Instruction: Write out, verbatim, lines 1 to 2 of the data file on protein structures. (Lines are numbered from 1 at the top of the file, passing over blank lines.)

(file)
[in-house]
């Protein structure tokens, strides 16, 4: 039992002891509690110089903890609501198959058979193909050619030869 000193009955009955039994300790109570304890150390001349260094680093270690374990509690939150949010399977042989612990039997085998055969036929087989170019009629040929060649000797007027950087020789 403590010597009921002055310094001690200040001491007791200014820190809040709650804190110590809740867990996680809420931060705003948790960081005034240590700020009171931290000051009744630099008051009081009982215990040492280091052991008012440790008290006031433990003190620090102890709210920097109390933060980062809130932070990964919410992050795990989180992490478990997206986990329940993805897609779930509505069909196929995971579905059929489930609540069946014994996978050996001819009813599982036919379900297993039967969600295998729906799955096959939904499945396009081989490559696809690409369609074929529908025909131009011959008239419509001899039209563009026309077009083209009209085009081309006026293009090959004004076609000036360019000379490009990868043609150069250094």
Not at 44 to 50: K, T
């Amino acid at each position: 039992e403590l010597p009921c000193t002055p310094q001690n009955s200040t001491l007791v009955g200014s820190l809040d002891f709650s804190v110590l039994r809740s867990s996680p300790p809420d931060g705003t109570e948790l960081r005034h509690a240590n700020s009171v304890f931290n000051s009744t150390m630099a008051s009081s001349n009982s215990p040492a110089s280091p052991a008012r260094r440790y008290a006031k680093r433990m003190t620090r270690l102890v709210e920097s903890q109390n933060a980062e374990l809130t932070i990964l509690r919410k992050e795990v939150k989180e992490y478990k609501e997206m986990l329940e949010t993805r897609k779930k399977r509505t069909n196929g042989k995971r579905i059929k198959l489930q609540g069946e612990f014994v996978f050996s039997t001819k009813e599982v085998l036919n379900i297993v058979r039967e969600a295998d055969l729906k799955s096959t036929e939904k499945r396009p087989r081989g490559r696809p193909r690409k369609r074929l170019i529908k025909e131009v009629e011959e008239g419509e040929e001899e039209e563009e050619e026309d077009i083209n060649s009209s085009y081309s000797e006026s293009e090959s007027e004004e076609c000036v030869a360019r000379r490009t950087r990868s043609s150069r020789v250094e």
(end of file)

[in-house]
């Protein structure tokens, strides 16, 4: 039992002891509690110089903890609501198959058979193909050619030869 000193009955009955039994300790109570304890150390001349260094680093270690374990509690939150949010399977042989612990039997085998055969036929087989170019009629040929060649000797007027950087020789 403590010597009921002055310094001690200040001491007791200014820190809040709650804190110590809740867990996680809420931060705003948790960081005034240590700020009171931290000051009744630099008051009081009982215990040492280091052991008012440790008290006031433990003190620090102890709210920097109390933060980062809130932070990964919410992050795990989180992490478990997206986990329940993805897609779930509505069909196929995971579905059929489930609540069946014994996978050996001819009813599982036919379900297993039967969600295998729906799955096959939904499945396009081989490559696809690409369609074929529908025909131009011959008239419509001899039209563009026309077009083209009209085009081309006026293009090959004004076609000036360019000379490009990868043609150069250094």